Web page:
The weather has been very windy but only a little rain, so we were able to get out and about on the bikes and we even went for a walk.  There is a coastal path which is a rather wet and windy affair when the wind is blowing but a nice way to get some fresh air.   We initially tried to take the bikes but the path is rough and we spent the whole time carrying them!    One afternoon we set off up hill and down dale to the only landmark in the area, the Chapel of Notre Dame du Rouet.   Built in 1653, the chapel stands on a promontory with magnificent views over the blue, blue seas from which this part of the coast gets its name - Côte Bleue - and the impressive coastline with its ochre coloured cliffs hewn by wind and sea.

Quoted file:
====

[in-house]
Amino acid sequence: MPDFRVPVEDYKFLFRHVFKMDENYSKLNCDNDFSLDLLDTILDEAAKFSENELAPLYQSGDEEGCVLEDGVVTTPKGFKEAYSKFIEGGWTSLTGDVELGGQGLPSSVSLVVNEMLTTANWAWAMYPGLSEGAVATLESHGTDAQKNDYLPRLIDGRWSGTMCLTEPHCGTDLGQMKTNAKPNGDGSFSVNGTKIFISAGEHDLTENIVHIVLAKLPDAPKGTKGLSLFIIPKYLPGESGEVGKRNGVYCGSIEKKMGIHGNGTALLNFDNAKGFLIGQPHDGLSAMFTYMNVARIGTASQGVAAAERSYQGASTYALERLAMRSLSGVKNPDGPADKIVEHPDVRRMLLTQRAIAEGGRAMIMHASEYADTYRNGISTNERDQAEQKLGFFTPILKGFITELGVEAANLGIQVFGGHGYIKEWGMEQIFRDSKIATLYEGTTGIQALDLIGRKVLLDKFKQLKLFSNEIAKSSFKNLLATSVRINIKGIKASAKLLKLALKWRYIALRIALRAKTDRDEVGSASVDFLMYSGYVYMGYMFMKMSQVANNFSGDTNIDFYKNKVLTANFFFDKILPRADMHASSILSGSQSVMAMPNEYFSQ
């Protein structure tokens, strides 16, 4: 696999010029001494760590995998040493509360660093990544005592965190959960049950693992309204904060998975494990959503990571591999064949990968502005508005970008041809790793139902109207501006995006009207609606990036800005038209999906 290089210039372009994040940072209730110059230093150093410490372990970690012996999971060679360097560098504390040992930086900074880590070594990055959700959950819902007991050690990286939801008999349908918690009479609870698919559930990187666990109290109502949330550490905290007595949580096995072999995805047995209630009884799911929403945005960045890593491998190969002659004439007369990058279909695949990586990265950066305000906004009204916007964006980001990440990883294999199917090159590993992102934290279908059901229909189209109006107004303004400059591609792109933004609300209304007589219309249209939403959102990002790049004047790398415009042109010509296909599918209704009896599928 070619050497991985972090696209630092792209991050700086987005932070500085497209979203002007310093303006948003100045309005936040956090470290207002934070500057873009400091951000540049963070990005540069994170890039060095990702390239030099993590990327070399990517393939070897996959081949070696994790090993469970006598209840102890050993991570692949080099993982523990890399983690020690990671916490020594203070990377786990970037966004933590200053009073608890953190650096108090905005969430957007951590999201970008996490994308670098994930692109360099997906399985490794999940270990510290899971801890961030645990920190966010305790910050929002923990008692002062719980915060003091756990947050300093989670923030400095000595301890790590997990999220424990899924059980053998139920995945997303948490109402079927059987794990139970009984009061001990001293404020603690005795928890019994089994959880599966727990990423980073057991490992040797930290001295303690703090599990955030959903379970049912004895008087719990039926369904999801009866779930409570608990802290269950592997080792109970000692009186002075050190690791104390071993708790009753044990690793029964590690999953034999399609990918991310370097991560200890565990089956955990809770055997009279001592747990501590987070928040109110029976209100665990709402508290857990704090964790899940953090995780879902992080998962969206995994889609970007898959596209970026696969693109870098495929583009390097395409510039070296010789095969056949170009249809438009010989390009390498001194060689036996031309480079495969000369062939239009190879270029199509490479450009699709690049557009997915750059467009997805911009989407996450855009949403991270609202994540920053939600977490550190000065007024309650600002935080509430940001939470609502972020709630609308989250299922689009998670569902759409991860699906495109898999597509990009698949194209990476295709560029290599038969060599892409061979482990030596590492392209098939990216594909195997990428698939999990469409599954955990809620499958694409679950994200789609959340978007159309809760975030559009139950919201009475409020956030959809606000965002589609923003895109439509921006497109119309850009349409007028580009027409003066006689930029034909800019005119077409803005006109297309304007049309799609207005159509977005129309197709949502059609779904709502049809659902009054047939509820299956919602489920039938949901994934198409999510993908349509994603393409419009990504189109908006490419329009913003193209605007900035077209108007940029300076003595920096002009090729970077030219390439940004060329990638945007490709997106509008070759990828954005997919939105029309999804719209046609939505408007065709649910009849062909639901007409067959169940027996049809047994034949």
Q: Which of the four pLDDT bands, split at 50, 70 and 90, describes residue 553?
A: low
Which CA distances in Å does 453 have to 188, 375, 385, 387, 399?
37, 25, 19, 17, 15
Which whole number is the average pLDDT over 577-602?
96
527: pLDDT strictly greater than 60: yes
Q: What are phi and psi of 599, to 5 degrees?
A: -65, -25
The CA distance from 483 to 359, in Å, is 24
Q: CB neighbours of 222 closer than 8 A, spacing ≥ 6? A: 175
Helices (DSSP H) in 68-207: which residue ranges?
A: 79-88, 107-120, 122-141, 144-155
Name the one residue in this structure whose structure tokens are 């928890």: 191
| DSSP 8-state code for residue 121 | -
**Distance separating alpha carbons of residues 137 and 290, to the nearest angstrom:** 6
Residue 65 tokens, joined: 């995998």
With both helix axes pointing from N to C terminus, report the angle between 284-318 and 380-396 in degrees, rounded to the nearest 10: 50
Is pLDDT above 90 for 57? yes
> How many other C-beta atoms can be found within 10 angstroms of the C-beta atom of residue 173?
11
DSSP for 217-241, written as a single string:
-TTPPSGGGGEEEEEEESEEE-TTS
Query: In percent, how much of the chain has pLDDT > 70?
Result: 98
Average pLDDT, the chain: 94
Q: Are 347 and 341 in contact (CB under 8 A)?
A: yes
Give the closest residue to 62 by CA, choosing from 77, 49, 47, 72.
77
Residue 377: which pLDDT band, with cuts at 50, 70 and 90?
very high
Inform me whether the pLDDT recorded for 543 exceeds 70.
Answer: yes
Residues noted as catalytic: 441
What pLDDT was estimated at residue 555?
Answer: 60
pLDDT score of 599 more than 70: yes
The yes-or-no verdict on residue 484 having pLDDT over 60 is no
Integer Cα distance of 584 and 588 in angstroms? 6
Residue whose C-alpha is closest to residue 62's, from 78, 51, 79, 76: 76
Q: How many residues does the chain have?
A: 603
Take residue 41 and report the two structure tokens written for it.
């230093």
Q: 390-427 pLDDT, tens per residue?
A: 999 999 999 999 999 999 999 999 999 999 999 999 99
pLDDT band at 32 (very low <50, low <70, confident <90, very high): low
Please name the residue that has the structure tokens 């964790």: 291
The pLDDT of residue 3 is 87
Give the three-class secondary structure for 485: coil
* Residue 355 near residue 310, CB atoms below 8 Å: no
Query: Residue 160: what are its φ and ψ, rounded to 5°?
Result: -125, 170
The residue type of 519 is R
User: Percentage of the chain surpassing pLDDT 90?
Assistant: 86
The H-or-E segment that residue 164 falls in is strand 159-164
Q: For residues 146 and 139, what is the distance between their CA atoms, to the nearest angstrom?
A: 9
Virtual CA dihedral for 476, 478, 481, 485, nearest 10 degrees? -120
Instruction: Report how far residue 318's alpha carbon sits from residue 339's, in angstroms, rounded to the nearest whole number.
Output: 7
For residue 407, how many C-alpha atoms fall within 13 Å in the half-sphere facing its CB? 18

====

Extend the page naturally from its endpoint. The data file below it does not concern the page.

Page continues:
The port marker the day we left!

On Friday we woke to calm seas and a gentle breeze.  It was time to make our escape before the weekend’s predicted Mistral!   We had a wonderful sail across to Port Cassis which is a harbour on the western edge of the Côte d’Azur famous for its limestone.   It is a very picturesque town with tall, colourful terraced houses situated around the harbour.   The place is absolutely stuffed full with restaurants and tourists but it is still charming.  

The poet Frédéric Mistral immortalised Cassis when he declared that ‘He who has seen Paris and not Cassis has seen nothing’.   The side streets of Cassis are narrow and cobbled with artisan shops and plenty of character.   Very difficult to capture in a photo unfortunately.